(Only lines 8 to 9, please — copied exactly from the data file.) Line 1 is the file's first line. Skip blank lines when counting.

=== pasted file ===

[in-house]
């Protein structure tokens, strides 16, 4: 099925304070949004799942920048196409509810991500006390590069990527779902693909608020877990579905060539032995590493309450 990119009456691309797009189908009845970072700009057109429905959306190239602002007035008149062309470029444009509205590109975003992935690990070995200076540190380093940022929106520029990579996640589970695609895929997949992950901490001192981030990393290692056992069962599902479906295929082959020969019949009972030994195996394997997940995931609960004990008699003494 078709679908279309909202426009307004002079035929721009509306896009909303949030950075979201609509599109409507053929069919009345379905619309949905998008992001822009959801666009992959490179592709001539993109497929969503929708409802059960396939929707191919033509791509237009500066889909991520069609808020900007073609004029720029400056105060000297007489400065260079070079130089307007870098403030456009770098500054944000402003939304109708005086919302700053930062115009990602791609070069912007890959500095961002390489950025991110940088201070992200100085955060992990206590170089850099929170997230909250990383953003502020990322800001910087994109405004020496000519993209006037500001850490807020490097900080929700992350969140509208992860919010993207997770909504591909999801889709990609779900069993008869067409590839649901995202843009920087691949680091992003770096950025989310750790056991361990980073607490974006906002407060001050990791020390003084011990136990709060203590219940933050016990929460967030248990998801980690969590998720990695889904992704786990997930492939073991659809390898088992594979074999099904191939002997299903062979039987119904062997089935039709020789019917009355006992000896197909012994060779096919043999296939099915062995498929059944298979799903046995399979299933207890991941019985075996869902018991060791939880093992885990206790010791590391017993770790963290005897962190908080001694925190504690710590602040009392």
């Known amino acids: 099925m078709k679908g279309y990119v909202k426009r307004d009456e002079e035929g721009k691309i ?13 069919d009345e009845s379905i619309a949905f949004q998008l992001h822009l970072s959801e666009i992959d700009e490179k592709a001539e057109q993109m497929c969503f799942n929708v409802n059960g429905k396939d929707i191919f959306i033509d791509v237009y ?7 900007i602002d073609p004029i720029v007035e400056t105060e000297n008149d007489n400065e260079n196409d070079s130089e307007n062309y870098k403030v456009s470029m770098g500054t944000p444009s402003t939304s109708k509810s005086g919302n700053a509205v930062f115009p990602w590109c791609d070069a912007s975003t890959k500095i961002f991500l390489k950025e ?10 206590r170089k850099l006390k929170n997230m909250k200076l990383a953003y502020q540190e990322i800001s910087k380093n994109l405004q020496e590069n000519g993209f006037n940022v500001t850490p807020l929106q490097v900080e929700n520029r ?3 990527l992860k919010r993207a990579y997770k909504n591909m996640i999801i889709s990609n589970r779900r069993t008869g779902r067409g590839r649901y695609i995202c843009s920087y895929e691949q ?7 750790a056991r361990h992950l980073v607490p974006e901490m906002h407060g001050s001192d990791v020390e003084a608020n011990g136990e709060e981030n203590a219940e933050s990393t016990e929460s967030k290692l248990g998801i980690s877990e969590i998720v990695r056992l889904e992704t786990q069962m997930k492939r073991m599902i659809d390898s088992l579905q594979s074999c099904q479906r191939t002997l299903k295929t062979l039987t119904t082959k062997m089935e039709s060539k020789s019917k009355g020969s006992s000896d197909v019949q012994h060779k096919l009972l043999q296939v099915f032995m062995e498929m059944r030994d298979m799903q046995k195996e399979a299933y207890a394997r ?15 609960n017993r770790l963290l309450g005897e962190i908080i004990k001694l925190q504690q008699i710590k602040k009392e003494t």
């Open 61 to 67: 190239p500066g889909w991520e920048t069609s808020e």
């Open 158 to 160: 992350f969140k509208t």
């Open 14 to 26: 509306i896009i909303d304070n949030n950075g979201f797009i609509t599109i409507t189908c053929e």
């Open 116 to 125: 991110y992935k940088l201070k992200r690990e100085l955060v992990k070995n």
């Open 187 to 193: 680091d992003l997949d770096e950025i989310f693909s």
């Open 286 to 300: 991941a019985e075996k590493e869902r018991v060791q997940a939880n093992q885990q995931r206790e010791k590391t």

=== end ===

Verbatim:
């Open 187 to 193: 680091d992003l997949d770096e950025i989310f693909s």
């Open 286 to 300: 991941a019985e075996k590493e869902r018991v060791q997940a939880n093992q885990q995931r206790e010791k590391t």